A Special Presentation on Walter Burley Griffin and Marion Mahony Griffin.

Speaker: Steven Barlow

8 PM, Tuesday 13 December 2016

Uniting Church Community Centre, Seddon Street, Ivanhoe.

Most Australians know Walter Burley Griffin as the American who designed the Federal capital, Canberra, but fewer would know how short its slow realisation fell from the brilliance of the original plan and that an equal contribution to the winning design and its presentation was due to his talented new wife, the architect Marion Mahony.

Steven Barlow's illustrated talk looks at the influences on this distinguished pair whose formative years were spent in the architectural and intellectual ferment of Chicago at the turn of the century. These influences - political, religious and artistic - included, Ralph Waldo Emerson, Henry George, Louis Sullivan and Jane Addams, as well as two defining events: The World's Columbian Exhibition and the Great War.

The talk presents images of houses, subdivisions and commercial buildings, including in Heidelberg where the Griffins lived for several years, as well the remarkable designs done in the highly productive last year of Walter's life in India.

Heidelberg Historical society member, Steven Barlow, grew up in the shadow of the Essendon City Council’s incinerator, one of a dozen curious such buildings designed by Walter Burley Griffin. He has maintained a life-long interest in the Griffins and in architectural history.

Steven will give an illustrated talk on the breadth of the work of Walter Burley Griffin and Marion Mahony Griffin, including that in Heidelberg, and the influences on their remarkable lives and beliefs.

Places of Interest Brochure

Click on the image to the left to download a brochure showing places of interest to visit in the Heidelberg area. These include our museum, the old Heidelberg Courthouse, St John's Anglican Church, Heidelberg and places of relevance to Walter Burley Griffin and Harold Desbrowe Annear, the Heidelberg artists, the Glenard Estate and Mount Eagle Estate.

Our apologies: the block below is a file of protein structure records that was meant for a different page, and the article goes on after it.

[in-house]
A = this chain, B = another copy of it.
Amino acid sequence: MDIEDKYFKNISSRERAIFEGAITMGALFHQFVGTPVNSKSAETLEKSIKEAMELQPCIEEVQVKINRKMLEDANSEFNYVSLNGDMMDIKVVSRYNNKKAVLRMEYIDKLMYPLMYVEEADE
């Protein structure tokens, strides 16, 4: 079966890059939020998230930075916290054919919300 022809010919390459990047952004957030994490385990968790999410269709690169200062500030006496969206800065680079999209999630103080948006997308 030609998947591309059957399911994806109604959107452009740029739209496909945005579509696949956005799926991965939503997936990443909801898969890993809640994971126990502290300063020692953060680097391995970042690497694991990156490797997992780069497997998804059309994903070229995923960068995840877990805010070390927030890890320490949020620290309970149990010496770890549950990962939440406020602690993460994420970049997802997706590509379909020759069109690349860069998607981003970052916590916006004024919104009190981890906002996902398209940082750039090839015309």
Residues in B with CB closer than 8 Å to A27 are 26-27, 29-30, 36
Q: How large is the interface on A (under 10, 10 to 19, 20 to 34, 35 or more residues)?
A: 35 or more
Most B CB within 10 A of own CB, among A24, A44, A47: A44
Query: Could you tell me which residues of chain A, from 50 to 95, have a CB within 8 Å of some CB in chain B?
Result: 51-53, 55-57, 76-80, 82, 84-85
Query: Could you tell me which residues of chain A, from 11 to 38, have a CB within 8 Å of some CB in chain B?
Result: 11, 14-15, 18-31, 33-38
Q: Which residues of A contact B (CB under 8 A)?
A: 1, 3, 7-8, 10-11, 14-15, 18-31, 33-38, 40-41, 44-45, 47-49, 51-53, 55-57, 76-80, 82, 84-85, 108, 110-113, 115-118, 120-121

Our current exhibition at the Heidelberg Historical Society Museum, Jika Street, Heidelberg, provides further ideas for those interested in visiting places of historical interest in the area.
"A Brush with Heidelberg" comprises a collection of illustrations, including paintings, prints and photographs, with information about the original locations depicted.

The Home Page provides further information.

Banyule Homestead Still Here - But What Next?

On Monday 6th June 2016, Banyule House is still here, but it seems that a lot of trees have disappeared from its surroundings. No one knows what plans have been submitted to the Banyule Council or to any other authority. The following articles show some of the earlier developments at Banyule House.

Banyule Homestead Still Under Threat - Nothing New Here.

On Monday 6th June 2011, Banyule Council addressed an application for sub-division of the Banyule Homestead to allow the building of three 2-storey town houses on southern one-third of the land. There were about 80 objectors present and several spoke against the proposal. Heidelberg Historical Society President, Graeme Speers, did so on behalf of the Society, concentrating on the claims re the severely degraded views of the homestead and its setting from across the Banyule Flats and the allegedly discreet treatment of the proposed construction.

Quite misleading photos were presented for consideration by the developer, so Graeme had taken a further series himself looking west from the Flats to correct the impression given to Council. He also adressed the unsupported claims of the developer regarding discrete positioning and screening of the three dwellings. Basically there were no contour plans presented to sustain claims of screening by land slope. The greatest interest for both seller and prospective buyers would be the magnificent views to the east across the flats from the dominating bluff, and through the floor to ceiling glass construction indicated on the building plans. Why would anyone block the views by screening them with foliage as the submission from the developer states?

Many other questions were raised including whether particular conditions set on the previous sale of the property had ever been met by the present owner.

The result was that Councillor Tom Melican moved a 4 part motion opposing the application to go to Heritage Victoria. The motion was seconded by Councillor Jenny Mulholland and passed unanimously. A submission on behalf of the Society along the lines already outlined has been forwarded to Heritage Victoria.

Click "More" to read about the VCAT decision of 23 September 2013, which turned out to be better than we expected. more

Click on the second "More" to read about an earlier threat to Banyule House and its surroundings in 1958.more